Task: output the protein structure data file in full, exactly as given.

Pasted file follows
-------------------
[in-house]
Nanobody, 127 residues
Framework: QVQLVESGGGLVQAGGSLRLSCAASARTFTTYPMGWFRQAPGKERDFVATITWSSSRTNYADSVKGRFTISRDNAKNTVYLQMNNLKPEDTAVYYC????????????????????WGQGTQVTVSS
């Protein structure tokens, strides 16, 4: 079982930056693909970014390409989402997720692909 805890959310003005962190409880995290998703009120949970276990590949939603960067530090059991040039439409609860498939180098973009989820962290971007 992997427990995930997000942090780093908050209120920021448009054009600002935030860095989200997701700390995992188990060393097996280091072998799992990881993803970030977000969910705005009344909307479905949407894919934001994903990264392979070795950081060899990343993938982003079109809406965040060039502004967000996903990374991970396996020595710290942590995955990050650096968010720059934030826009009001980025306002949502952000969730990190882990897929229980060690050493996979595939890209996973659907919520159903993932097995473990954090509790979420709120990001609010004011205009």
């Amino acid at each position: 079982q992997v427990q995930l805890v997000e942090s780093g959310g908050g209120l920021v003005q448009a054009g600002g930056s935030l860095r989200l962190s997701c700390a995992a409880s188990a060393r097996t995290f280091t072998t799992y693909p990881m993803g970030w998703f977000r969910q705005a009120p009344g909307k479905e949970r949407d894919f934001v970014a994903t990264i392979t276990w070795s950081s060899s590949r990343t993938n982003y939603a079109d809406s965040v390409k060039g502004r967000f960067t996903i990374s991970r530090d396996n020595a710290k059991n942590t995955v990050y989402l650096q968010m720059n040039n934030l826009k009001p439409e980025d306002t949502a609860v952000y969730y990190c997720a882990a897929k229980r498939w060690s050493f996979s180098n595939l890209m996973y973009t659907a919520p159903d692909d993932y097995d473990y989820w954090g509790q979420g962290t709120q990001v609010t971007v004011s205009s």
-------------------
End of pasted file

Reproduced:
[in-house]
Nanobody, 127 residues
Framework: QVQLVESGGGLVQAGGSLRLSCAASARTFTTYPMGWFRQAPGKERDFVATITWSSSRTNYADSVKGRFTISRDNAKNTVYLQMNNLKPEDTAVYYC????????????????????WGQGTQVTVSS
């Protein structure tokens, strides 16, 4: 079982930056693909970014390409989402997720692909 805890959310003005962190409880995290998703009120949970276990590949939603960067530090059991040039439409609860498939180098973009989820962290971007 992997427990995930997000942090780093908050209120920021448009054009600002935030860095989200997701700390995992188990060393097996280091072998799992990881993803970030977000969910705005009344909307479905949407894919934001994903990264392979070795950081060899990343993938982003079109809406965040060039502004967000996903990374991970396996020595710290942590995955990050650096968010720059934030826009009001980025306002949502952000969730990190882990897929229980060690050493996979595939890209996973659907919520159903993932097995473990954090509790979420709120990001609010004011205009």
């Amino acid at each position: 079982q992997v427990q995930l805890v997000e942090s780093g959310g908050g209120l920021v003005q448009a054009g600002g930056s935030l860095r989200l962190s997701c700390a995992a409880s188990a060393r097996t995290f280091t072998t799992y693909p990881m993803g970030w998703f977000r969910q705005a009120p009344g909307k479905e949970r949407d894919f934001v970014a994903t990264i392979t276990w070795s950081s060899s590949r990343t993938n982003y939603a079109d809406s965040v390409k060039g502004r967000f960067t996903i990374s991970r530090d396996n020595a710290k059991n942590t995955v990050y989402l650096q968010m720059n040039n934030l826009k009001p439409e980025d306002t949502a609860v952000y969730y990190c997720a882990a897929k229980r498939w060690s050493f996979s180098n595939l890209m996973y973009t659907a919520p159903d692909d993932y097995d473990y989820w954090g509790q979420g962290t709120q990001v609010t971007v004011s205009s």